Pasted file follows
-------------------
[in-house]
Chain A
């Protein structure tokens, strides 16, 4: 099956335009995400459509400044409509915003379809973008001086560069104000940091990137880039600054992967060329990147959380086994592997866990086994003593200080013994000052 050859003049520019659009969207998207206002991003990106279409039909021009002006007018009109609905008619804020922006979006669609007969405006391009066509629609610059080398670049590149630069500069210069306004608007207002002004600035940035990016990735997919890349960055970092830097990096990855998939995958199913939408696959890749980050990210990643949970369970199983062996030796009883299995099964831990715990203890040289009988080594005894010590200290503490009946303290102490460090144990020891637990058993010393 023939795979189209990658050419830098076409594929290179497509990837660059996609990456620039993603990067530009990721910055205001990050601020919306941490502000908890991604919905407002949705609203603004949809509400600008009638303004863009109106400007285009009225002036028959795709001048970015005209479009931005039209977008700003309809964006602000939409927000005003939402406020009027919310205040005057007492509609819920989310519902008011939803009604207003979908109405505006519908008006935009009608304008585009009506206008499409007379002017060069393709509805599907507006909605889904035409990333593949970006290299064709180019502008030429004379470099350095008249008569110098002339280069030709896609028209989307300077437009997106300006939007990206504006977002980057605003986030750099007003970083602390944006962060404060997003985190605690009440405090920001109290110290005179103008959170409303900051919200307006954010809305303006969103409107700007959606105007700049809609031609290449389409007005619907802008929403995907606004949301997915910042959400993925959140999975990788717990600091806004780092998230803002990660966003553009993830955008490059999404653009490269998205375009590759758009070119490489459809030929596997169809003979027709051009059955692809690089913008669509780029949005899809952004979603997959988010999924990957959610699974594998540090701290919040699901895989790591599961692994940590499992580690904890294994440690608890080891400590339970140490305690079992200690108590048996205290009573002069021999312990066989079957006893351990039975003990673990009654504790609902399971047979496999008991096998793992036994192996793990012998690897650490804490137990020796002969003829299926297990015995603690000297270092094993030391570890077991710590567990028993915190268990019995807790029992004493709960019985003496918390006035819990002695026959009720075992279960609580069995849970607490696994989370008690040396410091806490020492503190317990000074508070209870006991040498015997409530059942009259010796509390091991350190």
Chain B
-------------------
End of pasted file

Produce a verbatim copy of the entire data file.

[in-house]
Chain A
């Protein structure tokens, strides 16, 4: 099956335009995400459509400044409509915003379809973008001086560069104000940091990137880039600054992967060329990147959380086994592997866990086994003593200080013994000052 050859003049520019659009969207998207206002991003990106279409039909021009002006007018009109609905008619804020922006979006669609007969405006391009066509629609610059080398670049590149630069500069210069306004608007207002002004600035940035990016990735997919890349960055970092830097990096990855998939995958199913939408696959890749980050990210990643949970369970199983062996030796009883299995099964831990715990203890040289009988080594005894010590200290503490009946303290102490460090144990020891637990058993010393 023939795979189209990658050419830098076409594929290179497509990837660059996609990456620039993603990067530009990721910055205001990050601020919306941490502000908890991604919905407002949705609203603004949809509400600008009638303004863009109106400007285009009225002036028959795709001048970015005209479009931005039209977008700003309809964006602000939409927000005003939402406020009027919310205040005057007492509609819920989310519902008011939803009604207003979908109405505006519908008006935009009608304008585009009506206008499409007379002017060069393709509805599907507006909605889904035409990333593949970006290299064709180019502008030429004379470099350095008249008569110098002339280069030709896609028209989307300077437009997106300006939007990206504006977002980057605003986030750099007003970083602390944006962060404060997003985190605690009440405090920001109290110290005179103008959170409303900051919200307006954010809305303006969103409107700007959606105007700049809609031609290449389409007005619907802008929403995907606004949301997915910042959400993925959140999975990788717990600091806004780092998230803002990660966003553009993830955008490059999404653009490269998205375009590759758009070119490489459809030929596997169809003979027709051009059955692809690089913008669509780029949005899809952004979603997959988010999924990957959610699974594998540090701290919040699901895989790591599961692994940590499992580690904890294994440690608890080891400590339970140490305690079992200690108590048996205290009573002069021999312990066989079957006893351990039975003990673990009654504790609902399971047979496999008991096998793992036994192996793990012998690897650490804490137990020796002969003829299926297990015995603690000297270092094993030391570890077991710590567990028993915190268990019995807790029992004493709960019985003496918390006035819990002695026959009720075992279960609580069995849970607490696994989370008690040396410091806490020492503190317990000074508070209870006991040498015997409530059942009259010796509390091991350190």
Chain B